Turning Point: In Round 13 the Dragons came up against the Eels who were struggling. The Dragons were on the back of nine straight wins – a club record streak – and the Origin series had begun. Signs of fatigue began to show as Darius Boyd, Brett Morris, Mark Gasnier, Jamie Soward, Dean Young, Beau Scott, Ben Creagh and Trent Merrin all spent some time amongst the series. Having started the year with the trip to England and playing at such a high standard for so long… the dam wall broke. The game ended in a golden-point draw and from there their season soured. The team won only twice in the next 10 games and while they rebounded to win the final two regular season games, they had dropped to fifth and faced a tough finals assignment.

Best Games: The final match against the Broncos was a brilliant performance by the Dragons but it ended up being their last, defeated 13-12 in golden point. They were forced to defend their line over again and kept coming up trumps but couldn’t get quality field position of their own despite completing at a very high level. It’s fair to say the Broncos would have blown other sides in the competition away that night…

The Round 16 game against the Sea Eagles was another important victory. It came after three winless weeks early in the poor period of the year, but the renowned Dragons’ defence turned up and strangled the high-flying Eagles. The 24-6 result was a statement they could still pull it out when needed.

The side also took pride in the Round 6 win over the Rabbitohs and the Round 8 win against the Eels – both in which they kept the opposition scoreless. They put 16 on the Rabbits and 30 on the Eels without reply, a huge accomplishment in the modern game.

Worst Games: Actually, many of the Dragons’ losses weren’t poor games. They were just beaten at the death when fatigue kicked in. However, there were a few stinkers they’d like back. In Round 2 they allowed the Sharks to take them down 16-10, a game they trailed 16-0 in until late in the match. After that they played very poorly in Round 21 against the Rabbitohs (24-34) and Round 23 against the Roosters (12-20) – both at home. The Rabbitohs game was one completely out of character. The side was on fire early and sped out to an early 18-nil lead… it looked as if they’d lap them. But they lost all discipline and allowed one of the greatest comebacks in South Sydney history.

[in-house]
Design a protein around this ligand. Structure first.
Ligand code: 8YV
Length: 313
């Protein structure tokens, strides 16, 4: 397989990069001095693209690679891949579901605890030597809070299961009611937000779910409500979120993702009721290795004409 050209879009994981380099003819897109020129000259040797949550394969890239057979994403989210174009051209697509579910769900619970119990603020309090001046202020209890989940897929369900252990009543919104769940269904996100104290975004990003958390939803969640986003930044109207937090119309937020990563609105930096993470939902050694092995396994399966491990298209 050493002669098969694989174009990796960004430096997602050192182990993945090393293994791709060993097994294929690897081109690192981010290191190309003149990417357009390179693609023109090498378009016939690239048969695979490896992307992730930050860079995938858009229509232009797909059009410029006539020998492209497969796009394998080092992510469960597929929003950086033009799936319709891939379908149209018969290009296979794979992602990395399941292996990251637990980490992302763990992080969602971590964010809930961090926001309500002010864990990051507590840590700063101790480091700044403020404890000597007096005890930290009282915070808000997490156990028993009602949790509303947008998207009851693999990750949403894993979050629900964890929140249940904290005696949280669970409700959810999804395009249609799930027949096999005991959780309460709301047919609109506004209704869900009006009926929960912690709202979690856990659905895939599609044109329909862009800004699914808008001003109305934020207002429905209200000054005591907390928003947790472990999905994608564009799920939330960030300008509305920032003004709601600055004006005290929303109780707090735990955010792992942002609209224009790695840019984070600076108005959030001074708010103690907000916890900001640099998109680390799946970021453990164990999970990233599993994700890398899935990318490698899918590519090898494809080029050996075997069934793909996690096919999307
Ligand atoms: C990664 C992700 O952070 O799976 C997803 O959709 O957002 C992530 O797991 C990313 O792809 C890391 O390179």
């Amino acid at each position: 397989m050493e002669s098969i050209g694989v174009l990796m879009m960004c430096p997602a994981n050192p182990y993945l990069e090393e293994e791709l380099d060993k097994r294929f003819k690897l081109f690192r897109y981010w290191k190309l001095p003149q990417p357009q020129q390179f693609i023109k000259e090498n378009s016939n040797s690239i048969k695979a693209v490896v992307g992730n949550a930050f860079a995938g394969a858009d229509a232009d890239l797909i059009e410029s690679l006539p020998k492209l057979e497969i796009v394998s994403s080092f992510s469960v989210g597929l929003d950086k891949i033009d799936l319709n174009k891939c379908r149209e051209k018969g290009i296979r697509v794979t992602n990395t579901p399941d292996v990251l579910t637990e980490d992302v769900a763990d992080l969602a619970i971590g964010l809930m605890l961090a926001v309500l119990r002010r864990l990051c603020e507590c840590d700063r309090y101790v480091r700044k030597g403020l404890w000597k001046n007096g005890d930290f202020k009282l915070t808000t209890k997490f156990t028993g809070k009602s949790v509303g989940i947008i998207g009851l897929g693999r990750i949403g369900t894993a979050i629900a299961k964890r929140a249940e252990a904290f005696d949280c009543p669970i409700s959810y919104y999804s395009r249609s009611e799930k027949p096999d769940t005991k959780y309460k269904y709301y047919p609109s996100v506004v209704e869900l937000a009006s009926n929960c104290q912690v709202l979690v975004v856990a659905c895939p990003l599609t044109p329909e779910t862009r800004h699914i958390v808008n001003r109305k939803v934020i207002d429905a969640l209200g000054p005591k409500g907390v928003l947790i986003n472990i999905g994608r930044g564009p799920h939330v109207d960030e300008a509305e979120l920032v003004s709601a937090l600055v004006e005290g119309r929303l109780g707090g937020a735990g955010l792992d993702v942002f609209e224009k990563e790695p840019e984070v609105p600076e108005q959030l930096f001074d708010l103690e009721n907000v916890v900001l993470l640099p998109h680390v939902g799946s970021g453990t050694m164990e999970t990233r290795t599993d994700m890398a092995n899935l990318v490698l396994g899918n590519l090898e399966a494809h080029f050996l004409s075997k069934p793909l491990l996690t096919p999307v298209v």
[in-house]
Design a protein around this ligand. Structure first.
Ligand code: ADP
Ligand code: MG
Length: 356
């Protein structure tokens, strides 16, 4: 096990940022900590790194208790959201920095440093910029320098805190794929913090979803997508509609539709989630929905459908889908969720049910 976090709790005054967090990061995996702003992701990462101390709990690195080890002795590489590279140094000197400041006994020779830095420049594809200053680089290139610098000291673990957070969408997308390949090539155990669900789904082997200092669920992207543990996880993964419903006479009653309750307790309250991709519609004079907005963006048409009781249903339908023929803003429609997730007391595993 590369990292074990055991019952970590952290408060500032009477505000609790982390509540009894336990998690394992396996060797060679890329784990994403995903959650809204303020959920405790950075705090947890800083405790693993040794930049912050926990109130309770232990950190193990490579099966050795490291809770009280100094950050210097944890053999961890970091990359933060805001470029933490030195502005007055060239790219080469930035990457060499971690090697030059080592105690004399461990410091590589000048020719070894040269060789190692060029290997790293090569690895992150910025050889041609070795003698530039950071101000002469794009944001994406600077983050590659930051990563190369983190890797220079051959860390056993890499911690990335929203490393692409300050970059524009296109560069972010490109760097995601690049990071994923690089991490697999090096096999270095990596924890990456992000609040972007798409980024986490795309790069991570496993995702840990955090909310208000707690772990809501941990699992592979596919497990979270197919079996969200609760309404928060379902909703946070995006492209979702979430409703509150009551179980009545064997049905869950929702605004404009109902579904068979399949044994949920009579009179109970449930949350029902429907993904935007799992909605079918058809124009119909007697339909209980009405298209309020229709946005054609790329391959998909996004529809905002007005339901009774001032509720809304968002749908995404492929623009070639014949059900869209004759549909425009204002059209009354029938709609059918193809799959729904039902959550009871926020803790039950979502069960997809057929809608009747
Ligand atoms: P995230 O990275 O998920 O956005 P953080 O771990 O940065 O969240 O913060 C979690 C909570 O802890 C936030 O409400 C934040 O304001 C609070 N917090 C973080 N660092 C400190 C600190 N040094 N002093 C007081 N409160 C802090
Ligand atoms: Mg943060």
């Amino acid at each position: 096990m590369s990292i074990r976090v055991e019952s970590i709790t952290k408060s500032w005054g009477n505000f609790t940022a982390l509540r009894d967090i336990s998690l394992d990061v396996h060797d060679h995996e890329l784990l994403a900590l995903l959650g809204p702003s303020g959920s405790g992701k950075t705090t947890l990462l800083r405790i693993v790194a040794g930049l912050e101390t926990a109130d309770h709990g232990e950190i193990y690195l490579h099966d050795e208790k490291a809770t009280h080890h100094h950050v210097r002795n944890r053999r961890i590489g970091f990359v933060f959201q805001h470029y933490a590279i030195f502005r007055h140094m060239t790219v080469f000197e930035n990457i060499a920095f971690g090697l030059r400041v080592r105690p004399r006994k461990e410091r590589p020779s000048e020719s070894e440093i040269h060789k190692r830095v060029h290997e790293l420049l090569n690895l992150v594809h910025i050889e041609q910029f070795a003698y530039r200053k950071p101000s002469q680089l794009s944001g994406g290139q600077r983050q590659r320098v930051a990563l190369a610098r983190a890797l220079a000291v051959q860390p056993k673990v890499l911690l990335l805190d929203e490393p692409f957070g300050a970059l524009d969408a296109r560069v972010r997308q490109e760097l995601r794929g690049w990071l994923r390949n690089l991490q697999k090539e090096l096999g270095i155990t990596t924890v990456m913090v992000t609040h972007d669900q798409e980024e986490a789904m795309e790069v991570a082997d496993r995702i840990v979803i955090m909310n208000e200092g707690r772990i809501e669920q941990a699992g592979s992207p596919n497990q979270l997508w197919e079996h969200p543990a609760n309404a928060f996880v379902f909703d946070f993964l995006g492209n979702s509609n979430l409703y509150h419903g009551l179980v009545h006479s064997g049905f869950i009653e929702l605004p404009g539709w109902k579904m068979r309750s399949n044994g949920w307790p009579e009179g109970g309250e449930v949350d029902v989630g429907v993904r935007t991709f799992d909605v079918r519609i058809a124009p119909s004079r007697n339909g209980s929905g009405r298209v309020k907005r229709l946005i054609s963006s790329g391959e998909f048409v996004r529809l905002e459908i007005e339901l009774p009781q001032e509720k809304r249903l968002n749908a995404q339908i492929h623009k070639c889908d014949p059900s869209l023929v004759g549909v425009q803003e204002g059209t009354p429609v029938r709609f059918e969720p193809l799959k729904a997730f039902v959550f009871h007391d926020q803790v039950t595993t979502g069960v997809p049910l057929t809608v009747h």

Against the Roosters they never looked winning against a side that had been decimated by the loss of high-profile players through discipline issues and was having a stinker of a season.

Hold Your Head High: It was a big year for centre Matt Cooper as he showed some attacking fire and pumped out 19 line-breaks in the regular season as well as 14 tries. He also helped Brett Morris out a lot on the left side – Morris made 17 line-breaks and crossed for 10 tries.

The props Dan Hunt, Michael Weyman and Trent Merrin were often dominant and right winger Jason Nightingale looked every bit a Test star.

Young back-up hooker Mitch Rein also came of age after being thrust into the top grade. Captain Ben Hornby remained the rock keeping the side together – not flash but extremely important.

Dragons hooker Dean Young says: “I can’t speak for everyone, but it’s been the three best years of my life, football-wise. It (the Bennett era) finishes now and a new one starts. We’ve still got a lot of players here next year, but in terms of Wayne moving on and a couple of players moving on, we'll enjoy each other’s company over the next few days because it has been a wonderful three years together. We achieved a lot and came so close again.”

Conclusion: The Dragons didn’t win another one for the ‘true believers’ but those exact fans should reflect on the year and remain somewhat content. They didn’t win it all, but they remained a team to be proud of, showcased in their final match. Whether they can continue the rage without the supercoach and Darius Boyd, who move on to Newcastle remains to be seen. Of course Mark Gasnier has also retired. New coach Steve Price will have his work cut out for him.